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Last week, Indiana governor Mitch Daniels introduced a comprehensive list of new ‘security rules’ for the Indiana Statehouse for the 2012 state legislative session, including a measure which requires that no more than 3,000 people be inside the statehouse at any one time. The new rule, which was to be enforced by the Fire Marshall and the Indiana State Police, includes in the total number allowed the 1,700 statehouse employees and lobbyists typically present in the statehouse on any given day. The cap appeared to be in direct violation of Article 1, Section 31 of the Indiana State Constitution: “No law shall restrain any of the inhabitants of the State from assembling together in a peaceable manner, to consult for their common good; nor from instructing their representatives; nor from applying to the General Assembly for redress of grievances.”

Other regulations include: no protest signs larger than 2’ X 2’, no signs on sticks, no obscenity, no engaging in lewd acts contrary to state law, no Coke cans. Also no gambling. Or, ironically, pandering. A local agitator/educator found a way to circumvent two of the listed regulations (pictured).

I arrived at 8:30 AM today, the first day of the 2012 legislative session. As the morning wore on, several hundred protesters (including some already inside the statehouse) grew into the thousands, as union members and activists from local Occupy groups (Indianapolis, Bloomington and others) arrived in buses and on foot. At around 10:45 it was announced that Daniels had rescinded the cap of 3,000 inside the statehouse, though all of the other ‘rules’ remained in effect. The protesters moved into the statehouse and entered the Senate chamber, and were threatened with eviction on at least one occasion for disrupting the proceedings. Democrats remained in conference and managed to stall passage of the bill for at least an afternoon. But in spite of these tactics it looks more and more likely that Daniels will get his wish of enjoying the Super Bowl down the street at Lucas Oil Stadium in a month or so, in peace, with the right-to-work bill behind him. Hey citizens of Indiana! Shut up and watch some sports.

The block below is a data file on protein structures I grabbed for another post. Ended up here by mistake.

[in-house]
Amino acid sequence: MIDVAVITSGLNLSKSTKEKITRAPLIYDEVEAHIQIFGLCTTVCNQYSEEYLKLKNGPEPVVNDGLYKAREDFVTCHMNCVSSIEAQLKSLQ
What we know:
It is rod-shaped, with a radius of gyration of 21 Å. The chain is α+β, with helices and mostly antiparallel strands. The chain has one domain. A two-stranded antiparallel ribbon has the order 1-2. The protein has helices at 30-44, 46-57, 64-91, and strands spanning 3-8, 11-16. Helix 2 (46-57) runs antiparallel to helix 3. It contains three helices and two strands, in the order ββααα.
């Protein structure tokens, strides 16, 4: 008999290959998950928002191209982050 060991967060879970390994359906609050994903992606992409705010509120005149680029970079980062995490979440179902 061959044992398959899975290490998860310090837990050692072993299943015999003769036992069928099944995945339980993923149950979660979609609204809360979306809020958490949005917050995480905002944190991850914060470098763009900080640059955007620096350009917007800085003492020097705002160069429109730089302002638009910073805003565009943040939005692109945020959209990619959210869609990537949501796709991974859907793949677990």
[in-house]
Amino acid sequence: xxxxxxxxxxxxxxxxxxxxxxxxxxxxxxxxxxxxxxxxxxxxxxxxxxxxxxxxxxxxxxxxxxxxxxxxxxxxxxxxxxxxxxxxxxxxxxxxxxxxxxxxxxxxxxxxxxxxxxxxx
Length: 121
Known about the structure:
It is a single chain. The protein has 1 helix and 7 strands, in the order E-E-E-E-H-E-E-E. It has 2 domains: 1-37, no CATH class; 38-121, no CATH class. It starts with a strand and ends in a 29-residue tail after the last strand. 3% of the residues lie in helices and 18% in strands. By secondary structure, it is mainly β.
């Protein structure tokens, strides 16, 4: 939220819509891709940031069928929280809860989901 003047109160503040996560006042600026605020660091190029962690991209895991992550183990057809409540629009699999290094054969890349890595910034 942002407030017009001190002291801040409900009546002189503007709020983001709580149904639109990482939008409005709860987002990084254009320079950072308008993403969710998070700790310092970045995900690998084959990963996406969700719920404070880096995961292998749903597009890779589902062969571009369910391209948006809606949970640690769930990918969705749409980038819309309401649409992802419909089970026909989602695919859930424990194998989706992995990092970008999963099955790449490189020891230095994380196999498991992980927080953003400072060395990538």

Occupy Bloomington Update

On Saturday, December 17th, Occupy Bloomington sponsored a fundraiser at Max’s Place in downtown Bloomington for the striking workers of the Indiana Limestone Company in Oolitic, Indiana. The event raised $1775 for the workers and their families as they endure the holiday season without a new contract. Earlier in the day Occupy Bloomington members attended a rally for justice for the workers at the Lawrence County Courthouse in Bedford, Indiana. The rally was in the response to the attack on the picket line several days earlier by strikebreakers hired by Indiana Limestone Company owners Resilience Capital of Cleveland, Ohio. Also present in solidarity were members of locals from United Steelworkers, CWA and AFSCME. In the afternoon Occupy Bloomington also marched peacefully from Peoples Park to Courthouse Square in celebration of all that had been achieved in the autumn and early winter of 2011, and included a candlelight vigil for Bradley Manning, whose trial began later that week.

Occupy Bloomington approaches 2012 reaching out and building alliances with the workers of South Central Indiana. Daily shuttles bring occupiers to stand in solidarity at the picket line in Oolitic, located a few miles south on Highway 37. The picket line is visible from the highway, and two weeks ago occupiers pitched tents in the wee hours of the morning so that as dawn broke motorists on the highway could see that the line had officially been occupied. Plans were being made to provide a similar model of support to locked-out workers at Bloomington’s Vectren Corporation, but the contract dispute was resolved just before Christmas.

Direct action remains a top priority for the new year. It will be a challenge to top the occupation of The Kelley School of Business at an on-campus JP Morgan recruiting event on November 29th. Though not officially sanctioned by Occupy Bloomington or Occupy IU—it was an autonomous action containing members from both Occupys—the action resulted in the arrests of 5 protesters (charges were dropped the next day) and was noted by both The Chicago Tribune and The Wall Street Journal. A similar direct action was undertaken by members of Occupy Princeton ten days later. A Goldman Sachs recruiting event at IU two weeks later which was initially to be held at the Kelley School of Business was moved off-campus, and interested students were bussed privately to the remote location.